People ask me how my business is doing and I have this insane desire to tell them my mother just died.
That’s what I said for about six months, followed by the statement she had died “this year.” In recent months, it became “well, my mom died last year.”
And that is true.
But it’s been over 18 months now and at some point I have to decide it’s no longer a reason to stay comfortably stuck. At some point I have to ask myself,
How much longer does that get to be the story that defines me?
It’s A Fair Question
A few years ago, I had a client who hired me to help her ramp up her business. During our first call, she told me how disorganized she was and how challenging it had been recently because she just had a baby.
Each question I asked was met with resistance and a reminder she just had a baby.
Finally, I asked her how long it had been since her baby’s birth. She paused and said,
Two and half years.
We both took a deep breath and then I asked,
When do you get to stop saying you just had a baby?
I heard her exhale deeply, like she was releasing many months of “white-knuckling” her way through her days. Then she simply responded, “Today.”
We Get Tied To Our Stories
They fit like a comfy pair of Sperry Topsiders® we’re just not ready to replace.
Enough time goes by the story takes up residence in our arsenal of excuses and, before we even realize what happened, the story owns us.
My mom’s passing rocked my world in ways I could never imagine. I questioned my faith, was mad at everyone, embraced drama, and wore a daily blanket of self pity.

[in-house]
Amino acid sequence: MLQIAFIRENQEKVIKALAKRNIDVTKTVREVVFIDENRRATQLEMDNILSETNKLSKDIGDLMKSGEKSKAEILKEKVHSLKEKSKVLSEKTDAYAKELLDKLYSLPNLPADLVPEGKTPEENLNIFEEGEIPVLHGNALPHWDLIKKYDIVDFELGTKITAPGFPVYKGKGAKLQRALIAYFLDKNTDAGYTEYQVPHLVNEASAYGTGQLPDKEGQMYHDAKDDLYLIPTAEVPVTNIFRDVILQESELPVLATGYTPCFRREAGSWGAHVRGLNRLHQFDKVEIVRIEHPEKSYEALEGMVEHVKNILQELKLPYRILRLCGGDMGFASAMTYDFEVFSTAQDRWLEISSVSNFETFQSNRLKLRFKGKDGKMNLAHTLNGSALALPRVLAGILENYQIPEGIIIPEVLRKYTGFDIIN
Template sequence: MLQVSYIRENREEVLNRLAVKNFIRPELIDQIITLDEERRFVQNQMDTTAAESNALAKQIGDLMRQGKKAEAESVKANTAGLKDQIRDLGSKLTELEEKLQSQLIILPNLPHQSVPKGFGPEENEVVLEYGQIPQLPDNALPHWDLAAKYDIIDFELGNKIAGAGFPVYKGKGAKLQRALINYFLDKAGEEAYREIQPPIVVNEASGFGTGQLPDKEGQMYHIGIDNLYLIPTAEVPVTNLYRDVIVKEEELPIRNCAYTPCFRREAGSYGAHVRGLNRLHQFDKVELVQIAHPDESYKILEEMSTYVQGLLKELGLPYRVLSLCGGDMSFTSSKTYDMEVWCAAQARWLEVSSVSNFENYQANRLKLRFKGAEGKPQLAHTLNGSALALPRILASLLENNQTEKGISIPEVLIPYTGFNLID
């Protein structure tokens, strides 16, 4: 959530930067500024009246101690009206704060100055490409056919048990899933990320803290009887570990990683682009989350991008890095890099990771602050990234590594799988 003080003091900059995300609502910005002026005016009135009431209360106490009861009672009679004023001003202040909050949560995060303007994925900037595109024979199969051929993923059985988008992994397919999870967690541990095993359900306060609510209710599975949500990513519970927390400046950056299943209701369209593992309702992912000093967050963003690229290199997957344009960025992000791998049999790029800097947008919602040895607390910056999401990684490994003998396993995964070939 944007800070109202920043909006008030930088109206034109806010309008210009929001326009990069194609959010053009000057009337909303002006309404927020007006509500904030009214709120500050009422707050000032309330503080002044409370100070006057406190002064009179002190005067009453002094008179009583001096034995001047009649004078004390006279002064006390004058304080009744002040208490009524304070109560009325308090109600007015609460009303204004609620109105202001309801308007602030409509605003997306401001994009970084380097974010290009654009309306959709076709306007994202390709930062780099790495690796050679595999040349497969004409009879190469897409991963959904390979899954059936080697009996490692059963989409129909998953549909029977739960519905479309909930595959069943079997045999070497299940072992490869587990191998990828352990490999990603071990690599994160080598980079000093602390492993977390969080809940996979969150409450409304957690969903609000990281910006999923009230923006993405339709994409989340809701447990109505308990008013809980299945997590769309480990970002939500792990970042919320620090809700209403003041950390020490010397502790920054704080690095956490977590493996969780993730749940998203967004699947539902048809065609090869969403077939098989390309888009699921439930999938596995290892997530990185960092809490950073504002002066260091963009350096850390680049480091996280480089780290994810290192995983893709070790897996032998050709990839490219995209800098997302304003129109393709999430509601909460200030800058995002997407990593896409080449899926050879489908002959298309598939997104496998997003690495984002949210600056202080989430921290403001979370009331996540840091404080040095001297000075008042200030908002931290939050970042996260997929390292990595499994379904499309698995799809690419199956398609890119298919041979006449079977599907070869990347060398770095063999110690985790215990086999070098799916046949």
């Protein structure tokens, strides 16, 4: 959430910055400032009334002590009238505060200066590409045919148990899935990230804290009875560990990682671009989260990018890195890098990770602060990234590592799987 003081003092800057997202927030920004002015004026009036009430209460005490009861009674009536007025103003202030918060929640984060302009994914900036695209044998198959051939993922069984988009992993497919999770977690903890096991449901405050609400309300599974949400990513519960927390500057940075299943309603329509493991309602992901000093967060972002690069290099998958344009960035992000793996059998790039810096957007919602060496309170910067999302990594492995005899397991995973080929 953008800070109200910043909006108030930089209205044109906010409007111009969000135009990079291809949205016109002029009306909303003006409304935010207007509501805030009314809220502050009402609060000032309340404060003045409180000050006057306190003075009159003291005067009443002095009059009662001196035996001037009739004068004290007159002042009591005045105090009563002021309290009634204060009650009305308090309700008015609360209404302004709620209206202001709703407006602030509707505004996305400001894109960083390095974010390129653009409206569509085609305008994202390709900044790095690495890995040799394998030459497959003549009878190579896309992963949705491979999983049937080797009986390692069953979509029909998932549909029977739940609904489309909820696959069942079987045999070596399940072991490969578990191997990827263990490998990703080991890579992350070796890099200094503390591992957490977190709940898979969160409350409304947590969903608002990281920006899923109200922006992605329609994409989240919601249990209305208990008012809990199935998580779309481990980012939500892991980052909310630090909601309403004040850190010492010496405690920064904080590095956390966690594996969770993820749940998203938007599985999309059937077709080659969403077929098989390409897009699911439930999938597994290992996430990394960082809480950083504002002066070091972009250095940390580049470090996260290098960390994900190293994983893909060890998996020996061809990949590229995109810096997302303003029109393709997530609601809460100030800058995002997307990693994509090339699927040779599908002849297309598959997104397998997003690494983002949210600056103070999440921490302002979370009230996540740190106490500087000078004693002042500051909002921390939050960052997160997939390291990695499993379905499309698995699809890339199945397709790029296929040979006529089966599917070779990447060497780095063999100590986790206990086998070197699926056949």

My perspective narrowed so the simplest stressors sent me into a tailspin of rumination and regret.
I moved and talked slower, couldn’t seem to make even the simplest decisions, and gradually morphed into someone I no longer recognized, respected, or liked.
Grief had become my “story.”
We Have The Power
One thing I know about our life stories is we have the power to change them anytime.
We can do it in an instant with a simple decision to unhook our future from our past.
We can choose a new story. A bigger story. A story worthy of our destiny, not one intent on reliving the past.
Stories can change from “I used to be a smoker” to “I am a non-smoker” in a second. From “I was abused as a child” to “I am a champion for children’s rights.” From “no one loves me” to “I love who I’m becoming.”
Release the stories that no longer serve you and embrace the ones that honor a future worthy of your gifts and talents.
My new story is one of hope and transformation, one my mother would have been happy to see me live.
What story has worn out its welcome in your life? What bigger story will you choose to live today?